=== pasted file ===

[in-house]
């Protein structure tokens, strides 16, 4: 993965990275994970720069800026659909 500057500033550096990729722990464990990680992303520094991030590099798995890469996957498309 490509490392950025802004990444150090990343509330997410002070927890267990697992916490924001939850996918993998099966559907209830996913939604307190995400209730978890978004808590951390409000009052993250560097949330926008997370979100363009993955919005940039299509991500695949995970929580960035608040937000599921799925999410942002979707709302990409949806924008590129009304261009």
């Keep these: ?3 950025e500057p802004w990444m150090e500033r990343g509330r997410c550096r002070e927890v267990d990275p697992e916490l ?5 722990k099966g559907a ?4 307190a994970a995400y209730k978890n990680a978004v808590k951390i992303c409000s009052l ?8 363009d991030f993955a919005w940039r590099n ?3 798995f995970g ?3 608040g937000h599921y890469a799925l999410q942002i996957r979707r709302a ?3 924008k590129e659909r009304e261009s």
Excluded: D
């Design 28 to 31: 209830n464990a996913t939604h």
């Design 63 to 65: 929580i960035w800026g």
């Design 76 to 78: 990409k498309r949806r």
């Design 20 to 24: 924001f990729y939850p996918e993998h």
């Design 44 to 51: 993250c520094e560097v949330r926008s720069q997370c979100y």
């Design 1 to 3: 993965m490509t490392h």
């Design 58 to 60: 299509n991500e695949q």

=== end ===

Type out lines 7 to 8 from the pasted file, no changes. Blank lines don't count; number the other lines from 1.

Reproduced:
């Design 76 to 78: 990409k498309r949806r």
């Design 20 to 24: 924001f990729y939850p996918e993998h």